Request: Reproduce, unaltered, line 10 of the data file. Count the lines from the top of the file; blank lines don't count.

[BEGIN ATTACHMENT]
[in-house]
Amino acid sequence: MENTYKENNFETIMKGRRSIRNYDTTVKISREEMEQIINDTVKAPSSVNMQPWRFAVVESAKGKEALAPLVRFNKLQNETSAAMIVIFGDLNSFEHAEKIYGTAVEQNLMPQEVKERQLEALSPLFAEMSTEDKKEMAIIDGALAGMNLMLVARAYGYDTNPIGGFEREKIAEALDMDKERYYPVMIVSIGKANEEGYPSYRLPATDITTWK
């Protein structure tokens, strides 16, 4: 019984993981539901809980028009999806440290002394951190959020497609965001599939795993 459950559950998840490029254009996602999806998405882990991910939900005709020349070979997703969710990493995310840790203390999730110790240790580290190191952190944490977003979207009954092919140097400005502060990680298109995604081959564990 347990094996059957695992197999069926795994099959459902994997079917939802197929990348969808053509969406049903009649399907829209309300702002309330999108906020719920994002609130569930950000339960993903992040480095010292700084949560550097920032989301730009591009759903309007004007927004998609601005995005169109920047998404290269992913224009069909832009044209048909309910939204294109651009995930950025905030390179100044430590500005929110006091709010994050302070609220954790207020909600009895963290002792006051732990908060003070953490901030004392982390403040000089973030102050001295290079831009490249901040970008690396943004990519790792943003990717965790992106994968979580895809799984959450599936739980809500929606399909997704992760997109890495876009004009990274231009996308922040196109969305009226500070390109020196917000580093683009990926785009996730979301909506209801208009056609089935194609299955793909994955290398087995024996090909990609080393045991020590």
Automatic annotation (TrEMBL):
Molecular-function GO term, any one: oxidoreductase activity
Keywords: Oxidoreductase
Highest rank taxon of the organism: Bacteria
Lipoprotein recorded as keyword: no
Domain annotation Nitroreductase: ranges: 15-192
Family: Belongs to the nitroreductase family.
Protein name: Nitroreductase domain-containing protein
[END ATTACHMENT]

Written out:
Family: Belongs to the nitroreductase family.